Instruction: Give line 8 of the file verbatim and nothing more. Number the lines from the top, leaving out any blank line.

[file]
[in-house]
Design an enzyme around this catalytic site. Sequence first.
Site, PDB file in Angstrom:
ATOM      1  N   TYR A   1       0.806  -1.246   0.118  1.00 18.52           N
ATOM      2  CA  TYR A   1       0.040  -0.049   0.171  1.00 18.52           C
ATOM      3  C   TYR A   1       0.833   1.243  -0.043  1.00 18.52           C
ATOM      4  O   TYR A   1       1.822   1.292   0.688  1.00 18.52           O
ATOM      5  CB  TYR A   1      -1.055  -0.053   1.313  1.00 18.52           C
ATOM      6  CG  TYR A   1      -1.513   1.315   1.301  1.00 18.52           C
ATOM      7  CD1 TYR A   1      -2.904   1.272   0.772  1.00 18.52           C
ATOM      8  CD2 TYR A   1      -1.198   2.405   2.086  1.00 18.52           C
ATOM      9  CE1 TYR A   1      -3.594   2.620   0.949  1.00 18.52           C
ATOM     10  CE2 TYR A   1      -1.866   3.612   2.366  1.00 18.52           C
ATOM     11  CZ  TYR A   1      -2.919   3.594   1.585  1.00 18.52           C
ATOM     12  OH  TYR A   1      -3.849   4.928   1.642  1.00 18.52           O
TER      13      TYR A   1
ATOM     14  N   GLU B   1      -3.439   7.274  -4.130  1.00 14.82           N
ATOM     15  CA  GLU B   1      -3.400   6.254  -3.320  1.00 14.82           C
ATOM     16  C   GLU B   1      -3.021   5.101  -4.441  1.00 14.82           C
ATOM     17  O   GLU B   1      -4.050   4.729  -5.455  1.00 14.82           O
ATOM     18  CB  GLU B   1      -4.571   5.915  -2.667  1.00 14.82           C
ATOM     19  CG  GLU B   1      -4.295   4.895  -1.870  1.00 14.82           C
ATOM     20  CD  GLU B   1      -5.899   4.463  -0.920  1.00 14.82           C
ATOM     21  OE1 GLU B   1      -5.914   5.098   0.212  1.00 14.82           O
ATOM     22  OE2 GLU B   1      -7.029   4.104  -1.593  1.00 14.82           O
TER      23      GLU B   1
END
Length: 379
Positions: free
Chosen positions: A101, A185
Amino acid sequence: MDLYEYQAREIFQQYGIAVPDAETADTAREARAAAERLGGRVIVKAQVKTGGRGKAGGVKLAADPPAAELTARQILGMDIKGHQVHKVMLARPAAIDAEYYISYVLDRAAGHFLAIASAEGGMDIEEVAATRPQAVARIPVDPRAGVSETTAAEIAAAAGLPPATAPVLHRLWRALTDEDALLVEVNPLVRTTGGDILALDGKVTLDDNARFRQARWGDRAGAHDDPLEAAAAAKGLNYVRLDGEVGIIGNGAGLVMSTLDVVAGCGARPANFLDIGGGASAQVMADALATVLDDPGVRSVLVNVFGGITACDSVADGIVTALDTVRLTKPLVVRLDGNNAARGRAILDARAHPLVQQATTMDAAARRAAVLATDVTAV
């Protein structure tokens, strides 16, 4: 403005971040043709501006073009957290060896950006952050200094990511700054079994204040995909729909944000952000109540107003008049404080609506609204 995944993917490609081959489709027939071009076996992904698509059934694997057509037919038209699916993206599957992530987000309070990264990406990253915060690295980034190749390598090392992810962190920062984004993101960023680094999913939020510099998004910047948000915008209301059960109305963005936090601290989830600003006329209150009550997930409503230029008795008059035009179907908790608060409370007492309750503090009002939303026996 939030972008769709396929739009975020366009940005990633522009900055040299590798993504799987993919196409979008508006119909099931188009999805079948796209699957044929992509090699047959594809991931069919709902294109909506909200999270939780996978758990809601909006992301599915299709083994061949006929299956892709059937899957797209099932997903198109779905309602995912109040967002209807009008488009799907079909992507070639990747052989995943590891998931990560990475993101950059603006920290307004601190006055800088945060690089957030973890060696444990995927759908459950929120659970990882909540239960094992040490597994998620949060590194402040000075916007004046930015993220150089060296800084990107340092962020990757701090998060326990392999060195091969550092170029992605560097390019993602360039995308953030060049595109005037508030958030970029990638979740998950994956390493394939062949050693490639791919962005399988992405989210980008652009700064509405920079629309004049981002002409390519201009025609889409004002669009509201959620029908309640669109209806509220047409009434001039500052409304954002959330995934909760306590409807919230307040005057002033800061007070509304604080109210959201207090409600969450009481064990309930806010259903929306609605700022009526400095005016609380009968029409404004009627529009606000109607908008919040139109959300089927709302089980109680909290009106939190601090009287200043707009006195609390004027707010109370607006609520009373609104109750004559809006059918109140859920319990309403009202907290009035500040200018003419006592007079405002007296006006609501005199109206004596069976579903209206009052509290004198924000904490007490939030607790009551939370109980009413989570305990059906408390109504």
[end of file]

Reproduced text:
ATOM      5  CB  TYR A   1      -1.055  -0.053   1.313  1.00 18.52           C